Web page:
After the relative ease of running a schooling show at our own farm a few weeks ago, my team and I decided to brave the first recognized dressage show in Virginia: Dressage At Lexington, a big, long and prestigious show that normally marks the end of our summer competition season. This year it was the beginning, and it meant hot weather and a bit of anxiety about competition rust, not to mention, um, COVID.
But with good judgement, fantastic facility and competition management, and a clear plan in place, we had an extraordinary show. Here’s what we learned.
First things first. Let the men and women of the Virginia Horse Center take a bow, because they took their jobs as Safety Enforcers SERIOUSLY. Upon arriving at the show, everyone was temped by a staff of men in masks with forehead thermometers. Every time. Even if you forgot something at the hotel and had to run back to return five minutes later. They were kind, efficient and deadly serious. They also, upon initial check in, had everyone sign USEF’s special COVID waiver, and we were given an armband to show we’d done so, and that we’d also filled out an extensive questionnaire about travel history.
The bathrooms were cleaned regularly; it smelled like disinfectant probably half the time I went into one. They spaced stable groups apart, so it was easier to socially distance. There were also hand washing stations EVERYWHERE, including ringside, so you were never far away from a chance to scrub up. Volunteers, security officers and show management were on us like hawks about masks (more on that in a minute), and virtually all of the facility staff had masks on. So well done, VHC. (And not for nothing but HUGE congratulations and gratitude for the footing improvements and new seating area; it was fabulous!)
Then there was show management itself. Bettina Longaker and her team are always a pleasure to show with, because they run a tight ship, but this year was exceptional. Online entries via HorseShowOffice.com are efficient (and free, unlike other companies that charge a fee to use them). Coggins, waivers, vaccine reports, etc., were all easily submittable electronically. If you were flummoxed by a scanner, you arranged a time to come to the show office, so there wasn’t a queue. Packet pickup was outdoors. Communication with the show office was possible via text. I could have gone the entire weekend without stepping into the show office at all.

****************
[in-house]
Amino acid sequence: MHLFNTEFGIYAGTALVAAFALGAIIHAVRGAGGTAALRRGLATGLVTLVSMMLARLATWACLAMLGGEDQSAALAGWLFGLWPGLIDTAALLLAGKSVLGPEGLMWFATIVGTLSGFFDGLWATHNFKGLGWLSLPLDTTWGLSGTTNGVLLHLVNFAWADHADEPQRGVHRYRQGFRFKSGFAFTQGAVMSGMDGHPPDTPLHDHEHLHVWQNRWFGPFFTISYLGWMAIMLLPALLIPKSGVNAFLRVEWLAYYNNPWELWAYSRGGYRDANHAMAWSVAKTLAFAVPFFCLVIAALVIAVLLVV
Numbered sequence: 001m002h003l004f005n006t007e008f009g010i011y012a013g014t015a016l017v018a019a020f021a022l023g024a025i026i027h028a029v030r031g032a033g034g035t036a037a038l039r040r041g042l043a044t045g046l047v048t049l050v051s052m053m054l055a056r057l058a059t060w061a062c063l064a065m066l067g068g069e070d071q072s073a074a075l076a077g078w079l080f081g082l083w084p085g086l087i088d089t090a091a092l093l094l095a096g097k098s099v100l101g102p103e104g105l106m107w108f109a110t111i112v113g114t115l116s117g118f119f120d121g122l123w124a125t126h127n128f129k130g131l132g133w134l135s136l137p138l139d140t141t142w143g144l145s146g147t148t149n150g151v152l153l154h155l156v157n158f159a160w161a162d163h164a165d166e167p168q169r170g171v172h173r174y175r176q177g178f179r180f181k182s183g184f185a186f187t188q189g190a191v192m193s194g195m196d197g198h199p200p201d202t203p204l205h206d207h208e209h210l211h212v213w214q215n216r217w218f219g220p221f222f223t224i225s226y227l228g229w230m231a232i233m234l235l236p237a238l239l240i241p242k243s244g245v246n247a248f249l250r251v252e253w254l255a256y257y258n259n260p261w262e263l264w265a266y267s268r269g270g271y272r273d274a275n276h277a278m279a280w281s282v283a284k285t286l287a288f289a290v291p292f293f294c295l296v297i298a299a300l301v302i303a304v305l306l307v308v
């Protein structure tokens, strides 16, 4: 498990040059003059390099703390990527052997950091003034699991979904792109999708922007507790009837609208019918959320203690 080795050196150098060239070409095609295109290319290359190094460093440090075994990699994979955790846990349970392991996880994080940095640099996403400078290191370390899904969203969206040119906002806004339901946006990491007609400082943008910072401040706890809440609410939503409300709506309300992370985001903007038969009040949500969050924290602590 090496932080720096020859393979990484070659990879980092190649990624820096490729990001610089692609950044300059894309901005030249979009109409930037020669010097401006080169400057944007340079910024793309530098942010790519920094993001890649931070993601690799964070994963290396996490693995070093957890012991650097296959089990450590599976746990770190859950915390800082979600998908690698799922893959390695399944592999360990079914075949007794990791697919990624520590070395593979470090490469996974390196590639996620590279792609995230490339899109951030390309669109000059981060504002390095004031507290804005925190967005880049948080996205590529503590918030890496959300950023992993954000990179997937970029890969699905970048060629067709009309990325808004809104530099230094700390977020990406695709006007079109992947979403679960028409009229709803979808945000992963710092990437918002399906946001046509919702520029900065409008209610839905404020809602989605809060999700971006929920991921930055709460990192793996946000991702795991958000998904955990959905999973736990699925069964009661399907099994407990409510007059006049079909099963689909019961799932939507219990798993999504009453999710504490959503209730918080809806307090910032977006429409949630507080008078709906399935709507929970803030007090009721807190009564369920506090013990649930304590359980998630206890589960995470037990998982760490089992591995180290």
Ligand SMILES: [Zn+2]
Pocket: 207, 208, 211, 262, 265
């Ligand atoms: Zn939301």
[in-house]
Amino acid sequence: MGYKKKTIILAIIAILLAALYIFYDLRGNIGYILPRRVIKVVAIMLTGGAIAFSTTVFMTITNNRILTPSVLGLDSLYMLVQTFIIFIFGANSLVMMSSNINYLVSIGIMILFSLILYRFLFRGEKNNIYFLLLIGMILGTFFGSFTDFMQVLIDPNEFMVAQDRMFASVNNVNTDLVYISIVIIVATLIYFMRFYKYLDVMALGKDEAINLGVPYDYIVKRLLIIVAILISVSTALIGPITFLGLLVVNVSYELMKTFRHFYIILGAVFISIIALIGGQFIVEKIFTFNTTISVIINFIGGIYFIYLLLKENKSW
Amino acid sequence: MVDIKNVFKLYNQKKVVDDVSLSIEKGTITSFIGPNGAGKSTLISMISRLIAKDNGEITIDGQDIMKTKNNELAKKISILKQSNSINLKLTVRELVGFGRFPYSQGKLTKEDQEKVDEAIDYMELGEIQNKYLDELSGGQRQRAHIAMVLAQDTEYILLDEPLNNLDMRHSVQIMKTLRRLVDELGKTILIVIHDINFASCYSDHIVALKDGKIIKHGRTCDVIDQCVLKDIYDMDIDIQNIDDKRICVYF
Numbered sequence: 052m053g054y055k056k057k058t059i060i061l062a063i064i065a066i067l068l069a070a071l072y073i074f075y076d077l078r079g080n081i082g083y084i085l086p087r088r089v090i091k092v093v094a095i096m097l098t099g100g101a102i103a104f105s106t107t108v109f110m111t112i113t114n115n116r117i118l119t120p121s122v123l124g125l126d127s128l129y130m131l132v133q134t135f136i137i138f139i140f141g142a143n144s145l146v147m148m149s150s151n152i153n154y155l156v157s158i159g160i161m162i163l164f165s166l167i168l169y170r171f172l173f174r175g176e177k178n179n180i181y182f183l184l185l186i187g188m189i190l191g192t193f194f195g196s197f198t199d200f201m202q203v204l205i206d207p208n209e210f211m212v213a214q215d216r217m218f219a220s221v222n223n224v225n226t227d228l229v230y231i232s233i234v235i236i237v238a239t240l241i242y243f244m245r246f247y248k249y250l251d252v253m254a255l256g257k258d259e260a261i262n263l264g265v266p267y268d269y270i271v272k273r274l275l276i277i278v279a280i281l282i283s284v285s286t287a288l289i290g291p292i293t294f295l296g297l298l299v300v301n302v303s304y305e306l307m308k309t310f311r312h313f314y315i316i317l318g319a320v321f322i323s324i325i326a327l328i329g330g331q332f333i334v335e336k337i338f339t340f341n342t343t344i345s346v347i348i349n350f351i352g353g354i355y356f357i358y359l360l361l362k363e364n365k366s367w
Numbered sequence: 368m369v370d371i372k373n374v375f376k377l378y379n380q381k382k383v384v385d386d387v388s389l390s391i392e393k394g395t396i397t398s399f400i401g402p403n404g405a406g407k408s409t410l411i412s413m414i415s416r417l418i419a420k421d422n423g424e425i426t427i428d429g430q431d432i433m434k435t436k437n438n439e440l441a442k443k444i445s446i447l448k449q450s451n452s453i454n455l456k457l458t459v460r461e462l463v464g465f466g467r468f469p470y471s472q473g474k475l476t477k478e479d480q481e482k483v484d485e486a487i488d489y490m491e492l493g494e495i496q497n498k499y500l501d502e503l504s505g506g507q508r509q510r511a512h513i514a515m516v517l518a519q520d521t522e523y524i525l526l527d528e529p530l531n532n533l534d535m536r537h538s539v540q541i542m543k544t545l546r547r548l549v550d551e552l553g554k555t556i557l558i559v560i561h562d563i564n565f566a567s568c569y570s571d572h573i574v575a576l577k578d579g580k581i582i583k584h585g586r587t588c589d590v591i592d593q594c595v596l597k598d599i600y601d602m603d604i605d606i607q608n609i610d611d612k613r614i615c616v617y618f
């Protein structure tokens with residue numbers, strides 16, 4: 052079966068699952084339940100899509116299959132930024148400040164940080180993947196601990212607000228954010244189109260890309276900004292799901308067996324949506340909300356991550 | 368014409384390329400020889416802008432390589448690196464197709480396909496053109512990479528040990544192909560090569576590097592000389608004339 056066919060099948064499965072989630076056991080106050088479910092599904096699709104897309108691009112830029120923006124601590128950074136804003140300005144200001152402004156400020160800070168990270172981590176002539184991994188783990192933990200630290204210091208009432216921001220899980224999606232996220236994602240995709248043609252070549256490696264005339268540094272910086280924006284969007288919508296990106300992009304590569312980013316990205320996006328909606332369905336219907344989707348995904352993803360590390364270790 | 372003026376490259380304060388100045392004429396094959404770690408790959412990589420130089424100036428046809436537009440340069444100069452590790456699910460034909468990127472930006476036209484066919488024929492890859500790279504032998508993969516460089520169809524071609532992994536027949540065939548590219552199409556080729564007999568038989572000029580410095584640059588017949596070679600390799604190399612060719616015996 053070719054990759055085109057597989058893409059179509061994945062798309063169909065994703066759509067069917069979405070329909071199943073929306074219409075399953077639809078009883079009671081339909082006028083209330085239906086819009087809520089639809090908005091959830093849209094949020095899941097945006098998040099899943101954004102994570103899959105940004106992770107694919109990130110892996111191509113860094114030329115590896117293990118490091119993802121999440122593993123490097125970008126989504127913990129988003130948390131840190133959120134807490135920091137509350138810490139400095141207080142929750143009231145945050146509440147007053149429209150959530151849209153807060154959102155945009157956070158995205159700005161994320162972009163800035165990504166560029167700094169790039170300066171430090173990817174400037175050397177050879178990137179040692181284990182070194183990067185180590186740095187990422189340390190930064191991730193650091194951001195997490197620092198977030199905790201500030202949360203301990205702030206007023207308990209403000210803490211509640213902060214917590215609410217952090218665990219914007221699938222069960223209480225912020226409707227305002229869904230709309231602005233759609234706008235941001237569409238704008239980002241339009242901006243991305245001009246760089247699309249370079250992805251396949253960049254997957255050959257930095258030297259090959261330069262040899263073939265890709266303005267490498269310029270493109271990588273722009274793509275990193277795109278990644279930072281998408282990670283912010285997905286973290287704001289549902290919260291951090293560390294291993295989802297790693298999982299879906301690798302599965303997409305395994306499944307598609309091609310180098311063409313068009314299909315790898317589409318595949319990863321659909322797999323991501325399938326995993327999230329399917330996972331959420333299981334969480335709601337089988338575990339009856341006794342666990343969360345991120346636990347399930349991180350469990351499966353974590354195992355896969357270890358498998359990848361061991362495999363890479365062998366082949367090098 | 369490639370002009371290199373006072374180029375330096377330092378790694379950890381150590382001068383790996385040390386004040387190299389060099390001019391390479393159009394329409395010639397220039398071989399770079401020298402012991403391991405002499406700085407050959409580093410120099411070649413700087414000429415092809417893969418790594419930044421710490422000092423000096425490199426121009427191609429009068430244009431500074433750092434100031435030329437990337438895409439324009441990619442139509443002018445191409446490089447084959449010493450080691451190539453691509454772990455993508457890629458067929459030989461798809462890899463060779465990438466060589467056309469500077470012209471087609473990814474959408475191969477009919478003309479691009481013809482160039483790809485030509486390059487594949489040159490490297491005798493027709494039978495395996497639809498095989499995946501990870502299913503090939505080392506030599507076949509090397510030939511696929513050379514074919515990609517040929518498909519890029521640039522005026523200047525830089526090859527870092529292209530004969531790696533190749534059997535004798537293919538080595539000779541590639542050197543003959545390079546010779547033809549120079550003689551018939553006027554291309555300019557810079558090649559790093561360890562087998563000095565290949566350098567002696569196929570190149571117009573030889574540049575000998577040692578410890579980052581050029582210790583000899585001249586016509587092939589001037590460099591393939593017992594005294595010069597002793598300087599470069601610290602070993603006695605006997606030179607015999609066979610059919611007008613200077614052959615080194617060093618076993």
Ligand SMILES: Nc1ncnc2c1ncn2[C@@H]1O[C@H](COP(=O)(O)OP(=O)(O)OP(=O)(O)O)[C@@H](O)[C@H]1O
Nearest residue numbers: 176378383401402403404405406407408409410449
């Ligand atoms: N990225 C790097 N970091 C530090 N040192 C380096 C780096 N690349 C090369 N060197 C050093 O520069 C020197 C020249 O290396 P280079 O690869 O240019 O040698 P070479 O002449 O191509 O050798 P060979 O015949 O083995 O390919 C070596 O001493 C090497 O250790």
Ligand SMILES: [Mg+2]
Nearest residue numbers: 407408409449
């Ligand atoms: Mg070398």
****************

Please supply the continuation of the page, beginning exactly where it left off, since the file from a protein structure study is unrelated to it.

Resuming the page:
So let’s talk about the elephant in the room: the mask. If you’re one of the selfish, science-doubting lunatics who thinks they’re going to choke to death on their own CO2 because of a piece of fabric, then don’t you dare come to a dressage show. Participants were overwhelmingly compliant on their own, and both show and facility staff were on hand to offer kind but emphatic reminders. And no, they’re not fun, and yes, they are HOT. The heat index at this show was up over 100*, and fabric on your face isn’t a barrel of laughs. But it was totally doable.
If you needed a second to breathe, you went and found a quiet space outdoors, away from others, to pop your mask off and take a moment. Riders aren’t required to wear one while mounted (although hey, McLain Ward brought home a six-figure victory wearing one. Rock on, dude.) And how lucky, lucky, lucky we are that we can do this thing we love out of doors and socially distanced. If we behave well and wear our masks, not only do people stay healthier, which you’d think would be motivation enough, but showing can continue. If we behave poorly and don’t wear our masks, shows will shut down. It’s as simple as that.
As far as what type of masks work best, we learned a few things too. Behind-the-ears versus behind-the-head is about personal preference, for sure. (I’m the latter.) It’s pretty clear that thicker and layered is safer, though certainly hotter. I found that the masks with both a middle seam, so they’re a little bit more cone shaped, and a solid nose wire were the most comfortable to wear all day in hot climates. I found one on Etsy that came with a filter pocket into which I stuck a particle filter, and I could have added another layer of filtration if I’d wanted. But a BIG thing we learned is that you need to have a bunch of them, at least one per day, if not more, depending on how dirty you get over the course of the day. A wet mask is both uncomfortable and ineffective, so having backups was the way to go. (Pro tip: Bring some detergent with you, and wash your mask in your hotel sink; it’ll be good to go 24-ish hours later. I got away with only having two of my favorite masks for four days because I just washed them in between.)